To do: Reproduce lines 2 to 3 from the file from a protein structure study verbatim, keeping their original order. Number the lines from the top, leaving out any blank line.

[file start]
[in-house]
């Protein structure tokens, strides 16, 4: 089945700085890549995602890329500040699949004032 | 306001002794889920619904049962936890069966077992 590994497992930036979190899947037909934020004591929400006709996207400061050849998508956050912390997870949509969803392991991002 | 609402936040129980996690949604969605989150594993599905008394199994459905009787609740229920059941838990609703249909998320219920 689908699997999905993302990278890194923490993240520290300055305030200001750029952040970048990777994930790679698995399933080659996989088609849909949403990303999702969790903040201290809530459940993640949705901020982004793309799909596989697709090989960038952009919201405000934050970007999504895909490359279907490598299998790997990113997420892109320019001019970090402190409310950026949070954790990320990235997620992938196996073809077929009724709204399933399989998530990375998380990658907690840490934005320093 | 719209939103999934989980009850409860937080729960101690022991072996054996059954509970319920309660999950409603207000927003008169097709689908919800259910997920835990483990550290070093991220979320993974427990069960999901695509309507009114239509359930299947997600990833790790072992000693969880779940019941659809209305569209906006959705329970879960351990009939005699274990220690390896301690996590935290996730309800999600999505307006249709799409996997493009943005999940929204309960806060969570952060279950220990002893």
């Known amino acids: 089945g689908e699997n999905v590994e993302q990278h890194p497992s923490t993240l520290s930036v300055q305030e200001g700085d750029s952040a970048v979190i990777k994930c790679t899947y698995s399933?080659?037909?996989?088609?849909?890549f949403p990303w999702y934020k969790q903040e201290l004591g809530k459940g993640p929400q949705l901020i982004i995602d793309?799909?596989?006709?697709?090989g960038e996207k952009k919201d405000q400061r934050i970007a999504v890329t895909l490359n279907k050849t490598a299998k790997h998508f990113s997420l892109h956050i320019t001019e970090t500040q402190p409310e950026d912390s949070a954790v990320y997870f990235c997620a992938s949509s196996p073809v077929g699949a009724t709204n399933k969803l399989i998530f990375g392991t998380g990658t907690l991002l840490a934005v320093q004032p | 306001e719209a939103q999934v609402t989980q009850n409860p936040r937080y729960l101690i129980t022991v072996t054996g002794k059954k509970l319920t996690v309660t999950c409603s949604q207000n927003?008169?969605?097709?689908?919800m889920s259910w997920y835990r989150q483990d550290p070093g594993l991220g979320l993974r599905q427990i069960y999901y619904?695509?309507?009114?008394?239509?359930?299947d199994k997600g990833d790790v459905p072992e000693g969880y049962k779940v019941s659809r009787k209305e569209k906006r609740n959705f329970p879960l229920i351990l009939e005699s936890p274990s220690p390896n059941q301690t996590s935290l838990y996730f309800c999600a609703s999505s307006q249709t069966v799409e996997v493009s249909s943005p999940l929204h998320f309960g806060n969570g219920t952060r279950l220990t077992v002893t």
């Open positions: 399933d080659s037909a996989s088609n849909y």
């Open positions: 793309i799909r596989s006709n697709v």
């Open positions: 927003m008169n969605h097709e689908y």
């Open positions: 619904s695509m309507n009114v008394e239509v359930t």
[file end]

């Protein structure tokens, strides 16, 4: 089945700085890549995602890329500040699949004032 | 306001002794889920619904049962936890069966077992 590994497992930036979190899947037909934020004591929400006709996207400061050849998508956050912390997870949509969803392991991002 | 609402936040129980996690949604969605989150594993599905008394199994459905009787609740229920059941838990609703249909998320219920 689908699997999905993302990278890194923490993240520290300055305030200001750029952040970048990777994930790679698995399933080659996989088609849909949403990303999702969790903040201290809530459940993640949705901020982004793309799909596989697709090989960038952009919201405000934050970007999504895909490359279907490598299998790997990113997420892109320019001019970090402190409310950026949070954790990320990235997620992938196996073809077929009724709204399933399989998530990375998380990658907690840490934005320093 | 719209939103999934989980009850409860937080729960101690022991072996054996059954509970319920309660999950409603207000927003008169097709689908919800259910997920835990483990550290070093991220979320993974427990069960999901695509309507009114239509359930299947997600990833790790072992000693969880779940019941659809209305569209906006959705329970879960351990009939005699274990220690390896301690996590935290996730309800999600999505307006249709799409996997493009943005999940929204309960806060969570952060279950220990002893």
């Known amino acids: 089945g689908e699997n999905v590994e993302q990278h890194p497992s923490t993240l520290s930036v300055q305030e200001g700085d750029s952040a970048v979190i990777k994930c790679t899947y698995s399933?080659?037909?996989?088609?849909?890549f949403p990303w999702y934020k969790q903040e201290l004591g809530k459940g993640p929400q949705l901020i982004i995602d793309?799909?596989?006709?697709?090989g960038e996207k952009k919201d405000q400061r934050i970007a999504v890329t895909l490359n279907k050849t490598a299998k790997h998508f990113s997420l892109h956050i320019t001019e970090t500040q402190p409310e950026d912390s949070a954790v990320y997870f990235c997620a992938s949509s196996p073809v077929g699949a009724t709204n399933k969803l399989i998530f990375g392991t998380g990658t907690l991002l840490a934005v320093q004032p | 306001e719209a939103q999934v609402t989980q009850n409860p936040r937080y729960l101690i129980t022991v072996t054996g002794k059954k509970l319920t996690v309660t999950c409603s949604q207000n927003?008169?969605?097709?689908?919800m889920s259910w997920y835990r989150q483990d550290p070093g594993l991220g979320l993974r599905q427990i069960y999901y619904?695509?309507?009114?008394?239509?359930?299947d199994k997600g990833d790790v459905p072992e000693g969880y049962k779940v019941s659809r009787k209305e569209k906006r609740n959705f329970p879960l229920i351990l009939e005699s936890p274990s220690p390896n059941q301690t996590s935290l838990y996730f309800c999600a609703s999505s307006q249709t069966v799409e996997v493009s249909s943005p999940l929204h998320f309960g806060n969570g219920t952060r279950l220990t077992v002893t």